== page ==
Brew Hut is one of the VOC’s most popular huts both for VOC members and for the Sea to Sky backcountry community. It has a long history and the current rendition of the hut is the third attempt. So far, the hut seems to be doing exceptionally well and has outlasted the first Brew Hut which only lasted 2 years before needing to be rebuilt. It hasn’t quite outlasted the second Brew Hut which stood for 19 years (the current Brew Hut is on it’s 13th year). Who knows; maybe in the next 5 years we will be building our 4th Brew Hut, but hopefully not.
The outhouse at the current Brew Hut was built at the same time as Brew Hut the 3rd by Bill Schulz. It is quite the quaint structure and even boasts a stained-glass window courtesy of Carla Burton. You can read more about it’s construction here. However, the whole outhouse as a system woefully tries to manage the popularity of the Hut and it’s pit small stature quickly reaches capacity. Brew Hut sits a top a rocky ridge and thus digging pits for outhouses has proven very difficult. As it stood, the pit only had a depth of about 12-18 inches into the ground. Furthermore, when digging out the pit, rocks would tend to fall into the already small hole and further reduce capacity. An open bottomed plastic barrel was eventually added and prevented these rock collapses. It also increased capacity by extending higher than the ground level. This solution caused other problems however. With the impermeability of the plastic, the barrel prevented liquid waste from escaping the system. Over subsequent winters, holes were drilled in the barrel to no avail. Over the winter these liquids would freeze and create a “poopsicle” that would not thaw until July. With capacity being reached in mid winter and our inability to maintain the outhouse pit due to it being frozen, the outhouse was in a critical state. Despite the VOC’s efforts to encourage people to bring up poop bags, this did not always happen and once the snow melted, one could find poop littered everywhere around the hut. Something had to be done and so the outhouse project began.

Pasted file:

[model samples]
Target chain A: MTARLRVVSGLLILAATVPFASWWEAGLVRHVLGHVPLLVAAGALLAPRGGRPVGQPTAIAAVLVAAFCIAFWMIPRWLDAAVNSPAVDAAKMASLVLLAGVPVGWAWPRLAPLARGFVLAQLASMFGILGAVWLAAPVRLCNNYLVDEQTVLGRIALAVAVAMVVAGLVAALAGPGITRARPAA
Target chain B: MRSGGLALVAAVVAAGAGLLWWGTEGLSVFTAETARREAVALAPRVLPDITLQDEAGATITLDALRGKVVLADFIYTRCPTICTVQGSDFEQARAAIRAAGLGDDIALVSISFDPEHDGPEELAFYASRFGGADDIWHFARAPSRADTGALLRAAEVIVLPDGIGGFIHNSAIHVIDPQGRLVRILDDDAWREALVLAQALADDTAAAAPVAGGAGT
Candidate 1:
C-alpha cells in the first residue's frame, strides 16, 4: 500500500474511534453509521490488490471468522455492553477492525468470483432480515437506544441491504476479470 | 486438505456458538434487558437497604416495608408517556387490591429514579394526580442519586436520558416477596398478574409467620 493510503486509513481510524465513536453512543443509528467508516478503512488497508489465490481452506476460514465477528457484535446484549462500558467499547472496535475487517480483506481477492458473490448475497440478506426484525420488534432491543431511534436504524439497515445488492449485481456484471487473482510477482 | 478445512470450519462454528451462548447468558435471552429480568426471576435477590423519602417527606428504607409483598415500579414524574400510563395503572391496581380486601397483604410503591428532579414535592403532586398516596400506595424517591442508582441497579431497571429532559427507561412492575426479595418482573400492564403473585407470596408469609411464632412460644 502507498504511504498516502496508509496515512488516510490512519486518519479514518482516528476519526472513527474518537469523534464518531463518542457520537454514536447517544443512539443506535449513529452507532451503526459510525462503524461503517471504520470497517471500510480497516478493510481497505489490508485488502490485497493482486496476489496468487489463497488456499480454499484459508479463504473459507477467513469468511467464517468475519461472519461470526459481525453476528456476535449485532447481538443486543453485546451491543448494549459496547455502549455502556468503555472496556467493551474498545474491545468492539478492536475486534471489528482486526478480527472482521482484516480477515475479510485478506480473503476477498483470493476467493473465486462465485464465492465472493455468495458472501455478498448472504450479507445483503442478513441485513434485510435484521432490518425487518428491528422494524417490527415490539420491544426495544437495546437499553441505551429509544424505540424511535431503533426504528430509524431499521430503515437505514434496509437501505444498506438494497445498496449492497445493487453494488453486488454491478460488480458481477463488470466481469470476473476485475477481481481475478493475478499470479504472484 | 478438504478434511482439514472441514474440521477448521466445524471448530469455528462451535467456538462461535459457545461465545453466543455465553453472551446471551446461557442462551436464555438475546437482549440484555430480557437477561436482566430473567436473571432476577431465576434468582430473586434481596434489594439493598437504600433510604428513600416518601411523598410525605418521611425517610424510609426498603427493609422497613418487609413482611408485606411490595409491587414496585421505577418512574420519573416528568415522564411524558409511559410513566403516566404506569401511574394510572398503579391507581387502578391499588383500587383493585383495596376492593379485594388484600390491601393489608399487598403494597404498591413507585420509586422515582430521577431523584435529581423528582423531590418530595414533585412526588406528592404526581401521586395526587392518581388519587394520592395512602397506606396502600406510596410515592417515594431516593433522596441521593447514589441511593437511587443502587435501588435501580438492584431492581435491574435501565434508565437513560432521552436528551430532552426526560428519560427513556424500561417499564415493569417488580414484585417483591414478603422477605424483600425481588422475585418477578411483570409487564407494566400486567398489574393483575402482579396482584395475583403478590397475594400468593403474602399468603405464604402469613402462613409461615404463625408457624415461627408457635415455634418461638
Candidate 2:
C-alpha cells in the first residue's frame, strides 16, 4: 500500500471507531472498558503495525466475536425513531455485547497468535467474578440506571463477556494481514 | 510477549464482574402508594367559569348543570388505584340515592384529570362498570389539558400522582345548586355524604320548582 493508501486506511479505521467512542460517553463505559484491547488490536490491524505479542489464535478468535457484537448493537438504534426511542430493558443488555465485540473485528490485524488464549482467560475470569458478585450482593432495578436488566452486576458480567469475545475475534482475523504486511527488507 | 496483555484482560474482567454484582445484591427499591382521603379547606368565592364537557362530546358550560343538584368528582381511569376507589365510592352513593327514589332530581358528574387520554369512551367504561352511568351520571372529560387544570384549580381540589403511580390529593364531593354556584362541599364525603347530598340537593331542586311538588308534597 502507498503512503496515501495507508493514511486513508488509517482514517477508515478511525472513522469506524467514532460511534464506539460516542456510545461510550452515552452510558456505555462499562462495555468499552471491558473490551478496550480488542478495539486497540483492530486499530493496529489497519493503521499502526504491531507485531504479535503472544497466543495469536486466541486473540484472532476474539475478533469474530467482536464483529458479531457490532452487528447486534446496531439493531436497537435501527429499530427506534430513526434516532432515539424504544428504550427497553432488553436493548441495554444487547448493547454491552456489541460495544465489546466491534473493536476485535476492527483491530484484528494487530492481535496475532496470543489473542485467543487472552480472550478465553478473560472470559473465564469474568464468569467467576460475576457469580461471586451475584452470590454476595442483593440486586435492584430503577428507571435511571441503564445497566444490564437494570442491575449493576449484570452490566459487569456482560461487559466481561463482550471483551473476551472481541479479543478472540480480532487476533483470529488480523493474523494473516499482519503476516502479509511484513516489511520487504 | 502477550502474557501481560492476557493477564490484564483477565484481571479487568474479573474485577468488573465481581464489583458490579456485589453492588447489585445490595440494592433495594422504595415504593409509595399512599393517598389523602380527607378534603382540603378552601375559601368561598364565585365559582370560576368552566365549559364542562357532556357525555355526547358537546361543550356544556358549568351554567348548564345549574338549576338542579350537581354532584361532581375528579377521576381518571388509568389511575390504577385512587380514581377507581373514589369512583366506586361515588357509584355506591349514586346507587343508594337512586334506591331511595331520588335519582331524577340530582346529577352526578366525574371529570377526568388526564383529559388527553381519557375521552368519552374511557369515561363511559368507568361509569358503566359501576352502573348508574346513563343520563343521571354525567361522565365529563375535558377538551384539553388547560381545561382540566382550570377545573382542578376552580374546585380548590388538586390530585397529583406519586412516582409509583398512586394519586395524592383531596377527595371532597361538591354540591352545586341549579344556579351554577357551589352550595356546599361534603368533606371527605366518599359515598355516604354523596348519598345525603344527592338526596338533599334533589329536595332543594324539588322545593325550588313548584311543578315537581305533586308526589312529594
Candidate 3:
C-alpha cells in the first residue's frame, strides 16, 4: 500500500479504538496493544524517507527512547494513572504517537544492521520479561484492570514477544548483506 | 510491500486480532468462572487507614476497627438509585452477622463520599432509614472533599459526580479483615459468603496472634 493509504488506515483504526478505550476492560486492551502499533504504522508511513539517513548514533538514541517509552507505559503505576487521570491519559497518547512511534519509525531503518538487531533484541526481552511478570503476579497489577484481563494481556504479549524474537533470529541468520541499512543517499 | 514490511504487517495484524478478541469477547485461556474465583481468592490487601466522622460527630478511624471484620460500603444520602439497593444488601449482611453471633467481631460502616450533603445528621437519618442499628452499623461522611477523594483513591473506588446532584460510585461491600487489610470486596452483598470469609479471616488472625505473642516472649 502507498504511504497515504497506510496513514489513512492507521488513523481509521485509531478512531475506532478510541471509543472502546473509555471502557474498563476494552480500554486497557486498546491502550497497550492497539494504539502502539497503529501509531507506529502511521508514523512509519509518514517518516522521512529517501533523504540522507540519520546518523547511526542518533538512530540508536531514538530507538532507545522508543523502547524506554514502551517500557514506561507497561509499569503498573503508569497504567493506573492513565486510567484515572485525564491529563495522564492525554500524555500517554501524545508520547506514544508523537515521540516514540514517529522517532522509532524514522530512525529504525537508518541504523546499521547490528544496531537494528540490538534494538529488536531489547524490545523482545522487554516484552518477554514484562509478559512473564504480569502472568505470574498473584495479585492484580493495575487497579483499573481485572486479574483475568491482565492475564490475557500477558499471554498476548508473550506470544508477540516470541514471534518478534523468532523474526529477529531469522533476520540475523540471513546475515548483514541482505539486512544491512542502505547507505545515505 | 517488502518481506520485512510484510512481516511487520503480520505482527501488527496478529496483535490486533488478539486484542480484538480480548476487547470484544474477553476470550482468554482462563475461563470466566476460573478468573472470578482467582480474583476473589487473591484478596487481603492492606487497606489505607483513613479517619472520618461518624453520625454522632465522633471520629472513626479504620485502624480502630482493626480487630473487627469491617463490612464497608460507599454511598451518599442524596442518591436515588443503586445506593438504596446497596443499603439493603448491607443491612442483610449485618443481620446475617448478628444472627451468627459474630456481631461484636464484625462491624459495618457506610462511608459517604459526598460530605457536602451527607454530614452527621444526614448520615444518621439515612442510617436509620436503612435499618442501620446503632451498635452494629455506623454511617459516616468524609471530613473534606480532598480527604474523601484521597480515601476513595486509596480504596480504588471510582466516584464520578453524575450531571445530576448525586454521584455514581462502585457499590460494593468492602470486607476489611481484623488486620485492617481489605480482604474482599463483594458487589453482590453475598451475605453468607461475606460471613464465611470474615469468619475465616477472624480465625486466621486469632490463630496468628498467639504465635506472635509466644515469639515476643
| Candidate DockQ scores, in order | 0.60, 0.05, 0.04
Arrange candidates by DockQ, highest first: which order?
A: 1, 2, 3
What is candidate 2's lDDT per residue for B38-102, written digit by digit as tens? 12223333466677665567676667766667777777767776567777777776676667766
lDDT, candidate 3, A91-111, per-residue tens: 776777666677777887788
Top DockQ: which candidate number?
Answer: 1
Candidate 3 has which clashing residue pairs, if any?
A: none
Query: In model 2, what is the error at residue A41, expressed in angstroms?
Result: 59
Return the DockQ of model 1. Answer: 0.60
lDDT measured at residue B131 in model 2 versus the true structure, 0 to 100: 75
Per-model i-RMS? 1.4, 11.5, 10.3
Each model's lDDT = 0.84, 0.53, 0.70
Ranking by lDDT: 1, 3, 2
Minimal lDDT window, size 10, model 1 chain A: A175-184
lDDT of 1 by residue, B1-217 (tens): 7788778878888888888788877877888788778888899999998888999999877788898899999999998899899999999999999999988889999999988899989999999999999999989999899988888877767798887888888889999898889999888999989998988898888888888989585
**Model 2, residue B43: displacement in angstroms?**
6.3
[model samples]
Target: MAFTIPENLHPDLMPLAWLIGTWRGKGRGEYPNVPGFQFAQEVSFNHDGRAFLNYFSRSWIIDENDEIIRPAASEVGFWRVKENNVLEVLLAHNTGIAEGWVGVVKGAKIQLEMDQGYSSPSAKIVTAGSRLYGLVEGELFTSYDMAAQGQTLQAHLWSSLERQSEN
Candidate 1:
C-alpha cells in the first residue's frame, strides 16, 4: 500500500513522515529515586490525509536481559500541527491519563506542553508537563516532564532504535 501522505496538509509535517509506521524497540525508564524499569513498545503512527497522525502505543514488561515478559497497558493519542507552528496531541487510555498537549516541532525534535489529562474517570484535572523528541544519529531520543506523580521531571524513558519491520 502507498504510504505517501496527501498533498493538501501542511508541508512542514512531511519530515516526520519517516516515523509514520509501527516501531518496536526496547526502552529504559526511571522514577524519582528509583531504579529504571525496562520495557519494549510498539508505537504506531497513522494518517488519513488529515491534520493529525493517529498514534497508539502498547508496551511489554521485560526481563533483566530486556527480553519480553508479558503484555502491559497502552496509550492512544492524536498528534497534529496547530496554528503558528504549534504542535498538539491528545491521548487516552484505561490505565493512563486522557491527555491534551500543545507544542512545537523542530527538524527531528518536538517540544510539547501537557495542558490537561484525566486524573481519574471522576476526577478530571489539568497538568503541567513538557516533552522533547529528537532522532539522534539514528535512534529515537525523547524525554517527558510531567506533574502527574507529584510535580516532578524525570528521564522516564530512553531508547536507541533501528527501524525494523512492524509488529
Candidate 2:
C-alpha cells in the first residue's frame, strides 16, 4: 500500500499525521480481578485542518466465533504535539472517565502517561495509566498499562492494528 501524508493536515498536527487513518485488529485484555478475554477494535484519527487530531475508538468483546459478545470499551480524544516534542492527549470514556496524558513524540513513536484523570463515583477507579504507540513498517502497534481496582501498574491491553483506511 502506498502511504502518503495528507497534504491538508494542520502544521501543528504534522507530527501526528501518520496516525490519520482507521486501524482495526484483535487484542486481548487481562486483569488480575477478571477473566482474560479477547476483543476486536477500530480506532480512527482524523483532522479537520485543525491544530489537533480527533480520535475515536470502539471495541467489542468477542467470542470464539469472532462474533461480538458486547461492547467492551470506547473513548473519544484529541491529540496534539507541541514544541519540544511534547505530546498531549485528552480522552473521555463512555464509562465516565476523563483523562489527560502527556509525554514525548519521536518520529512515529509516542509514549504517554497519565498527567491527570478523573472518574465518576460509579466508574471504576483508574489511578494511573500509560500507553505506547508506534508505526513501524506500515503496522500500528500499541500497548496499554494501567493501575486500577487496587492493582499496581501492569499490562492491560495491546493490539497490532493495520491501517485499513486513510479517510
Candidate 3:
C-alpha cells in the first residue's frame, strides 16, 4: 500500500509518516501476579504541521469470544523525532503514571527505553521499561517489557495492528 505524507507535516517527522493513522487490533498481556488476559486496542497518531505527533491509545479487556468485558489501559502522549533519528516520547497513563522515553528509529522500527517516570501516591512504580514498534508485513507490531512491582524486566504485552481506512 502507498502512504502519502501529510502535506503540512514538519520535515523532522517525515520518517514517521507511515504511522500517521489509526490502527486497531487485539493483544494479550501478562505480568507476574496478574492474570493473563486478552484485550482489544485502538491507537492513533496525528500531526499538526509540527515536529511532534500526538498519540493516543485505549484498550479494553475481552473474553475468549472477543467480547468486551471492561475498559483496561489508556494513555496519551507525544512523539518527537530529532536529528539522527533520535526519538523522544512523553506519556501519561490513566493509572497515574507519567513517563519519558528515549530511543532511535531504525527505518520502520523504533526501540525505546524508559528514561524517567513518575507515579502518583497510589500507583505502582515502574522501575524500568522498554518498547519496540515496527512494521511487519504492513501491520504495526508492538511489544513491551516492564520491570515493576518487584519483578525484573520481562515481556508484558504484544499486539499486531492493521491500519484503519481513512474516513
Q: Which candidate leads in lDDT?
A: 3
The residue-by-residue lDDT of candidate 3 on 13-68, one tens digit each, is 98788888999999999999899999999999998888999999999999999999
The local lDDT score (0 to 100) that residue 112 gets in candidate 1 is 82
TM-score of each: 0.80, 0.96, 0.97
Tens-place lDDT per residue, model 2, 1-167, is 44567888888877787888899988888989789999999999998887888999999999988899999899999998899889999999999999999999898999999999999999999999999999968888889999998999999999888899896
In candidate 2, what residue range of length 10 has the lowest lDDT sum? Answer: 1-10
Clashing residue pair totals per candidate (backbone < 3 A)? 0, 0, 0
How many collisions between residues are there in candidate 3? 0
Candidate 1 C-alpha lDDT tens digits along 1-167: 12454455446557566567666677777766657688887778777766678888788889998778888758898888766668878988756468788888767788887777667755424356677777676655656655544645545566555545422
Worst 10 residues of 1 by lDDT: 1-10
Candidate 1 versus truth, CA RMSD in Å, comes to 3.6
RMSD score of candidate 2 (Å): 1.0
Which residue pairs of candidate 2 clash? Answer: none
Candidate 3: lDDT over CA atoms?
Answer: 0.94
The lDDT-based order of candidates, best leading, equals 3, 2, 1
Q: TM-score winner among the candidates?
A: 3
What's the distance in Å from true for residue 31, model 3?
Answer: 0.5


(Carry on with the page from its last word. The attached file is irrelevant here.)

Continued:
In March, we came up with preliminary concepts and submitted a grant request to MEC for $7,100. In June we received news that our grant was successful and so we began design work. Edward Lim spearheaded an initiative to create a solids-liquids separator and by mid July, began construction. It took about 200 hours of work for the design, construction and assembly of the solid-liquids separator with a final price tag of $1,600. Luc Harvey and I worked on the structural component of the project. The design work went until the end of July at which point we began construction. The structure had a final price tag of $2,600 and took 14 full days of pre-construction in my backyard before it was ready to be loaded up into a truck and sent up to the hut.
The planning process for the first construction trip up to Brew began about two weeks prior when the pre-construction had reached a stage where all the major hurdles had been solved and the extended forecast gave us a good weather outlook for the Labour Day long weekend. The weather outlook was important because helicopters needs clear skies to run and the colder the temperature, the more a helicopter can lift. The forecast called for sunny skies and 18C, an ideal forecast that would give us a maximum lift load of 1600lbs. After taking with Ben, the Squamish Base Manager for Blackcomb Helicopters, I learnt that for staging everything from the 4WD trailhead the B2 Helicopter could do 4 full lifts on one tank of fuel. We could do more than four lifts, but we would need to organize and pay an extra $300 for refueling via a refueling truck and find a place where the helicopter could refuel (since the fuel truck can’t go up the 4WD road). Since the total weight of the materials for the outhouse had been estimated at around 2000lbs we didn’t really need the refueling truck anyways. 2000lbs is only 2 lifts worth of materials though, and it seemed a waste to pay for the helicopter to come all the way from Squamish only to go through half a tank of fuel. I decided to fill the extra two loads with firewood – however, I discovered that firewood happens to be a very fleeting material early September, especially when you want a full 3000lb seasoned cord. All the local firewood companies were sold out of everything until mid-October which wasn’t going to work considering we had a week now until the helicopter was going up. Eventually, at the very last moment two day prior, I managed to convince a small company I found on Craigslist to deliver a full truck load of firewood which they claimed was 2400lbs and three-quarters of a cord for $300. Oh, to say I was lucky might have been an understatement. My advice to future Hut Coordinators is to organize the amount of firewood you want from the local companies two months in advance – the last-minute firewood stuff I did almost didn’t happen because I didn’t. Also, that same evening I had been deconstructing the last parts of the outhouse, painting the ends of the beams with copper preservative (for rot protection). I ran down to Rona earlier to pick up another quart since I had run out earlier, but unfortunately while working on it that evening a piece of wood fell over and knocked over the whole can. Sadly, Rona had already closed for the evening, so I would have to wait for Saturday morning to finish. Also of note, no one anywhere carries plumb bobs, so if you need a plumb bob, don’t leave that to the last minute either.